Your Life is Perfect

One day you will look back on your life and realize it was perfect. That everything good and bad that ever happened to you was perfect, and that there were in fact no failures. If you can have that realization today, your life will always be good.

I recently posted that on my facebook page and it got a lot of responses. Some people understood completely what I was referring to, while others seemed to think I was minimizing pain, loss, suffering, and tragedy and suggesting that nothing bad ever happens to us. A facebook page is a poor place to have a lengthy discussion so I decided to write an entire article explaining what I meant by that comment above.

We all have ups and downs in life. We all have experiences that scare us, challenge us, or even completely unravel us. Sometimes tragedy strikes. Sometimes something truly horrible happens to us. And we feel upset, angry, sad, alone, afraid, or bereft. No one is suggesting that you feel fantastic if you are mugged, raped, beaten, abused, or lose a loved one. What I am suggesting is that every experience you have shapes you. And you can decide how it shapes you. Yes, you can decide how you will internalize it, how you will feel about it, what you will do about it. In essence, life may trip you, and you may not have control over when and how that happens, but only you decide if you will stay down or climb back to your feet, dust yourself off, and keep going. Only you will decide if a tragedy will bury you or launch you to greater heights.

When I look back on my life, there were a lot of trips and falls. From age 17 – 21 I was raped and ended up in an abusive relationship with a young man. I had panic disorder with agoraphobia from age 21 – 24. When I was 30 I went bankrupt. When I was 34 I was told my son had cerebral palsy and might never walk. When I was 40 I separated from my husband. At the time all of these things happened, I was shoved to the ground and stepped on by Life, the wind knocked out of me, unable to catch my breath, and I didn’t know if I could keep going. But each and every time I got up and kept going, and what’s more, I realized somewhere along the way that each and every one of these experiences made me who I am today, and I love who I am today. Would I change anything if I could?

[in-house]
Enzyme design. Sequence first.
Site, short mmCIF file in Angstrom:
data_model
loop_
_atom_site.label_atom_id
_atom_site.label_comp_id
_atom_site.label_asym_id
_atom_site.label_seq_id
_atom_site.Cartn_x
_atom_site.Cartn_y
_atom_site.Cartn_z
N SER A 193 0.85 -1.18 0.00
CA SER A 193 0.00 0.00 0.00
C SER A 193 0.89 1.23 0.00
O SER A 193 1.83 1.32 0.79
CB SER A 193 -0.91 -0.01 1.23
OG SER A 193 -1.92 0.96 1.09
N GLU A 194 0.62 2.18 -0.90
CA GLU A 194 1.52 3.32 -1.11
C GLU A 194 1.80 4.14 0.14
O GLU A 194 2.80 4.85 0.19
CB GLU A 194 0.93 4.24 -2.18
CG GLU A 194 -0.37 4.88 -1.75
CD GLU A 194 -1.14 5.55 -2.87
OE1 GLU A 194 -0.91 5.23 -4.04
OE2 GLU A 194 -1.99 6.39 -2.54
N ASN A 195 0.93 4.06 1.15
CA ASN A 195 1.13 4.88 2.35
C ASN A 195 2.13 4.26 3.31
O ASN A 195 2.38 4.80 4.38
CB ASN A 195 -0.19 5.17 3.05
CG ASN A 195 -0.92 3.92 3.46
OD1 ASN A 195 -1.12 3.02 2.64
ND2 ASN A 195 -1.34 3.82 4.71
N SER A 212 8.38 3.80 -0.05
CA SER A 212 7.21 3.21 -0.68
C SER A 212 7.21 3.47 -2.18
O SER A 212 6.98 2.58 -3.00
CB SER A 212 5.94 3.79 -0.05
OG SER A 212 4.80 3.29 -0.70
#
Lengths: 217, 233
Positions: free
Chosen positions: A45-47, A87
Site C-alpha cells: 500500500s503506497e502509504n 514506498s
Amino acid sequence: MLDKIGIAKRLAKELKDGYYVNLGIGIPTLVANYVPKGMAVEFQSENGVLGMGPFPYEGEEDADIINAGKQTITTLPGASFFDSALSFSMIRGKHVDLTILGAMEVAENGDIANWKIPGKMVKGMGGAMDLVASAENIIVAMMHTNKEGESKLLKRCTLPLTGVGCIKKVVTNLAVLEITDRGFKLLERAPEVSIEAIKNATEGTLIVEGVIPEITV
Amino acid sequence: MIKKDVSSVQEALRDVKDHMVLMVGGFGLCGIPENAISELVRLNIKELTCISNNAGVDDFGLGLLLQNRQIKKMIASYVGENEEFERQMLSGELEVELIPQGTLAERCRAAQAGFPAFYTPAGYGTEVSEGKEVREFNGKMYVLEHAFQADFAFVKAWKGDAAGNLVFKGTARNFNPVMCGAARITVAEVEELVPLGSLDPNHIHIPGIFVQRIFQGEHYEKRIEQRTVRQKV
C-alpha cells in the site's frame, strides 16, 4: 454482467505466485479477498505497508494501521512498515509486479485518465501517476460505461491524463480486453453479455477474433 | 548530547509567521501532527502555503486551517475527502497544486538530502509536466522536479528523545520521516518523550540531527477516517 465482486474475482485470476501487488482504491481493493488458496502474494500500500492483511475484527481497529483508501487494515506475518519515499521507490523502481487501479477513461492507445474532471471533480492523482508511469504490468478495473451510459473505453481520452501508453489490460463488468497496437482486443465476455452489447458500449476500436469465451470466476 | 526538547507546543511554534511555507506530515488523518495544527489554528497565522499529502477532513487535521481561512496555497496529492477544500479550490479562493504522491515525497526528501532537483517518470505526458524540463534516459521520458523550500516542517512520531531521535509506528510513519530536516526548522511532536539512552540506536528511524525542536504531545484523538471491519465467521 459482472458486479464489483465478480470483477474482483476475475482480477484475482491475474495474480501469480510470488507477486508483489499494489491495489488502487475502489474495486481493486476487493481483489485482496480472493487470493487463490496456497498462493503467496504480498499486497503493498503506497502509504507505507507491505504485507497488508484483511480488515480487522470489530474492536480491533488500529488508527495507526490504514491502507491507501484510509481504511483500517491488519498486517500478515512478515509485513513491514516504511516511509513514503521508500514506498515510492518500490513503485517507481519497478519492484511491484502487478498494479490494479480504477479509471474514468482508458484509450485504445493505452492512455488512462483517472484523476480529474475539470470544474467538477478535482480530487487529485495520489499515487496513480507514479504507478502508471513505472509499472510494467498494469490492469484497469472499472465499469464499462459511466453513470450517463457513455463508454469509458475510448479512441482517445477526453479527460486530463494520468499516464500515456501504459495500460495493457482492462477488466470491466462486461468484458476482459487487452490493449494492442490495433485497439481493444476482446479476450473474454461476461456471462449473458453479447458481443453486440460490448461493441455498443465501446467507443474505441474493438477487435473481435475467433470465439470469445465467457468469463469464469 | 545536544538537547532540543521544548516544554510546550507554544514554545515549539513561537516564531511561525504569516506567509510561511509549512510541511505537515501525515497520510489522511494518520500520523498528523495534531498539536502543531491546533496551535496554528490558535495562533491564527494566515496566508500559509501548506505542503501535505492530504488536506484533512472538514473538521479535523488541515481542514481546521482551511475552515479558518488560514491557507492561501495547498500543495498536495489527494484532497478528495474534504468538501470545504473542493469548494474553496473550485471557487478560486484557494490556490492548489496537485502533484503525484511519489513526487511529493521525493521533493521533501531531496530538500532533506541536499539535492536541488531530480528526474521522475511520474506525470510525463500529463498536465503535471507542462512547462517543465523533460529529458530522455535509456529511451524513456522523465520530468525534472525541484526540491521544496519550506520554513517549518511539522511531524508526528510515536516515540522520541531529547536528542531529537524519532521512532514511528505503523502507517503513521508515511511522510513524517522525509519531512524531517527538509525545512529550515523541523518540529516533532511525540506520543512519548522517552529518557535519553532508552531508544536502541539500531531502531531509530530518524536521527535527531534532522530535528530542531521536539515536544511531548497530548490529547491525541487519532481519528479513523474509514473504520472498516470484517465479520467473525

From my abusive relationship I learned that you can’t rescue someone and you can’t wait for them to change or get better. They are who they are. From having panic disorder and overcoming it, I realized that I don’t need to take life so seriously, and that nothing bad can ever really happen to me. From my bankruptcy I learned that only I am responsible for my finances and that you should never spend more than you make. From my son I learned that perseverance and love are stronger than a diagnosis. From my separation I learned that I can stand on my own two feet, take care of myself, and even thrive emotionally as a single person. How would I have learned those valuable lessons if I hadn’t had those “horrible” experiences? Life brings you the lessons you need to have. How you interpret your tragedies is up to you.

I’m not saying that if someone murders your child you should throw a party. Of course you are going to hurt. Of course you are going to be knocked down. Of course you’re going to wish it had never happened. But from that tragedy you will find the lesson, and in the process you may even help hundreds or thousands of other people.

Life is perfect. It is full of opportunities to grow, learn, and help others. By the time you reach the end, you will have scars. It just means you were playing the game with all your might.

Realize that life is not trying to beat you down. Life is trying to help you understand your self. It’s trying to help you utilize your inner strength and power. It’s trying to help you use your free will to have an amazing life.

If you’re not happy with your life, try changing your perspective. When you realize that you have the power to view life as a gift, even in the face of tragedy, your life will be good. Even when it’s bad, it will still be good. There’s tremendous power in that realization.

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